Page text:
The eclipse of the traditional jihadis had much to do with military defeat, but it was also the inevitable result of intellectual poverty. Far from being a vanguard, the jihadis "have conceptually reached a dead end and no longer possess radically original ideas of any consequence." Al Qaeda striking out at the United States was not the pinnacle of the jihadist movement as some might imagine. Rather, it was an act of desperation that aimed to save the sinking ship by precipitating a "clash of civilizations" with the West that would bring the ummah, or world-wide Muslim community (often disparagingly referred to as the "Arab Street"), into the battle on the jihadists' side.
When measured by this standard, the 9/11 attacks were an utter failure. While many in the Muslim world feel a deep enmity towards the United States, Islamic opinion after the attacks on New York and Washington was almost universally critical of Al Qaeda and Bin Laden. If for no other reason, this revelation makes The Far Enemy a critically important book for Westerners to digest. While debate and criticism of the attacks raged in Muslim lands, it was barely mentioned at all in the Western media, who prefer to give voice to firebrands and provocateurs to the exclusion of moderate voices.
Gerges attempts to correct this tremendous imbalance by meticulously delineating prevailing public opinion following the 9/11 attacks. While members of the intelligentsia and the religious leadership throughout Muslim lands were united in their opposition to Al Qaeda, the most vehement criticism came from members of al-Jama'a al-Islamiya itself, who hold Bin Laden and Zawahiri responsible not only for sullying the name of jihad, but for recklessly endangering the ummah as well.
There has been no room for such complexities in the Western media, however. The schism within the jihadist movement—sparked by a momentous religious and philosophical debate—simply does not fit the template of terrorism as it is regarded in the West. Much more common is an acceptance of Osama bin Laden's own terms: a clash of civilizations and the inevitability of conflict between Islam and the West. "Both camps," says Gerges, "overlook and neglect history and substitute ideology and propaganda for critical analysis and reflection on a highly complex subject."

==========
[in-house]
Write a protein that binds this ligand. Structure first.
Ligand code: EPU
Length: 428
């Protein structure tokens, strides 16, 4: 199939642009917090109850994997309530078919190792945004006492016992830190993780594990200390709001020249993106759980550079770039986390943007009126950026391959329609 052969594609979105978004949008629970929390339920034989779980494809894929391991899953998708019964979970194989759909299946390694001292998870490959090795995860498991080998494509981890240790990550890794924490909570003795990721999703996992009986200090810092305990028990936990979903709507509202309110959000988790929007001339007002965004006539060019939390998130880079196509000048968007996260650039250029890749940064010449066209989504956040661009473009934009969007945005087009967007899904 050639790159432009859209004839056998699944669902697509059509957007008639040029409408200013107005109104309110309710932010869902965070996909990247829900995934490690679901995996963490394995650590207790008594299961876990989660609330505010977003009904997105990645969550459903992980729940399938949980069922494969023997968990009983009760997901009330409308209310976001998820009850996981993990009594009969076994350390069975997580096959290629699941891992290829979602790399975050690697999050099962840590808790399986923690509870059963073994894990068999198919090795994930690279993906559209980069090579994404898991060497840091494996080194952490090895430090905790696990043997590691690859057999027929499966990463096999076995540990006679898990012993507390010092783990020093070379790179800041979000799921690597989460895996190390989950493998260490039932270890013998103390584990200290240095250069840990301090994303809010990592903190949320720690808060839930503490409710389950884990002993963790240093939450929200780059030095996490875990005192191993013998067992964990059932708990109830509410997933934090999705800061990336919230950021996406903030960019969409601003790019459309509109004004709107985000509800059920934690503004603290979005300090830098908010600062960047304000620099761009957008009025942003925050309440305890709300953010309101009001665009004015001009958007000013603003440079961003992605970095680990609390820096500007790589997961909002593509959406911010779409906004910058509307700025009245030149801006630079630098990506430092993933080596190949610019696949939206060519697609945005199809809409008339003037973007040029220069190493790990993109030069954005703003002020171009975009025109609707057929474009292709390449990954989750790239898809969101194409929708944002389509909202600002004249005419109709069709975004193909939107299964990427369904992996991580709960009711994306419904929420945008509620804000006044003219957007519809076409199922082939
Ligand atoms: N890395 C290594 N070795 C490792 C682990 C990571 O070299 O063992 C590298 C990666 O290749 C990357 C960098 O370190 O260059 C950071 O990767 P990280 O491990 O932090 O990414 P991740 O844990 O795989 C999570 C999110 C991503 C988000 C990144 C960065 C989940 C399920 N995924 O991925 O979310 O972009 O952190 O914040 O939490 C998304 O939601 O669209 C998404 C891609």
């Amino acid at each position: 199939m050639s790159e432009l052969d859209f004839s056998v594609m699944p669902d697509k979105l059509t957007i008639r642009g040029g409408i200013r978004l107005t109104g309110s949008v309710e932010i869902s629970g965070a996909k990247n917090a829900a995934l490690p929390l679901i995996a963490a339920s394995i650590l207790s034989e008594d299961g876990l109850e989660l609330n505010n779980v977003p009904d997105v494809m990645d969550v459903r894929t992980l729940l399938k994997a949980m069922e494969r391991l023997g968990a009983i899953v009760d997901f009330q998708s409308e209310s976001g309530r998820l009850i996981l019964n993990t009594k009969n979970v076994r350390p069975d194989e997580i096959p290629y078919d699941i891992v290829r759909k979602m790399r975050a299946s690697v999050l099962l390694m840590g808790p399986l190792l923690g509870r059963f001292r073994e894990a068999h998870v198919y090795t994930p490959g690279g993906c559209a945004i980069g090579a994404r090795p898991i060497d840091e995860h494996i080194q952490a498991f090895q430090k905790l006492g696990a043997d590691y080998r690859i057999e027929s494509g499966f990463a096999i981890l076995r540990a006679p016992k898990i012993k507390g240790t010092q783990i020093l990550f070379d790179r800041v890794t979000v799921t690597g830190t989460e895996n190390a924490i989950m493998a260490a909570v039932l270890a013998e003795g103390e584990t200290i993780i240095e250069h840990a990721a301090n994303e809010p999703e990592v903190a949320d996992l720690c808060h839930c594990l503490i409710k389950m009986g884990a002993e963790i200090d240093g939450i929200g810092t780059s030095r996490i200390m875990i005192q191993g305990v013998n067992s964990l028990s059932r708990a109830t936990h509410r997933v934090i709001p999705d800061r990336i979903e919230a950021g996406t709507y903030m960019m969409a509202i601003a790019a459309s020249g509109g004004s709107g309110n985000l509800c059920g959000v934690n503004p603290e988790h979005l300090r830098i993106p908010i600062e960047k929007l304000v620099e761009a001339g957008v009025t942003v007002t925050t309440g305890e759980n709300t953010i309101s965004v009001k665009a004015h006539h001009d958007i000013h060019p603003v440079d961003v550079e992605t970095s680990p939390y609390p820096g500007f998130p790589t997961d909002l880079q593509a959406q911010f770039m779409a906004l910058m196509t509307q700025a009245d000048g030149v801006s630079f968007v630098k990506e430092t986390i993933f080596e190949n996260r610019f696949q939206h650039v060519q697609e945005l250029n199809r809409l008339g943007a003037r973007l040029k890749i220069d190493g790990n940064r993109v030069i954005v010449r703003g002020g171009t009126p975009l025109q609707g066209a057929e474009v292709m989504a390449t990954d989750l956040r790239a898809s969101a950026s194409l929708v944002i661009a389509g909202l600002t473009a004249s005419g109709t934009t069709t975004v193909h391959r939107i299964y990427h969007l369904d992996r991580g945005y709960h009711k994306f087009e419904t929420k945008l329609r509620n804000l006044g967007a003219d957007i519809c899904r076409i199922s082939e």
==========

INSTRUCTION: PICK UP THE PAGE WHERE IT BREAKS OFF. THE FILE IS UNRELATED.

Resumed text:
The Edward Said quote at the top of this review, even though it was written over a decade ago, still applies. A journalist who cannot speak Arabic and has not been immersed in the culture about which he or she is reporting could never have written a document as revealing—and important—as The Far Enemy. The primary target of Said's derision was Judith Miller of the New York Times, who didn't speak Arabic but felt qualified to write stacks of articles and books about the Islamic world nonetheless. Up until her role as a mouthpiece for the Bush administration's WMD claims was exposed, she was a well-regarded expert in the field. The problem is that sloppy, shallow reporting leads to shallow thinking and half-baked ideas. More often than not, when seen through the lens of the Western media, the multiplicity of cultures in the Islamic world merges into an undifferentiated soup of anger and discontent. As Gerges points out, nothing could be further than the truth.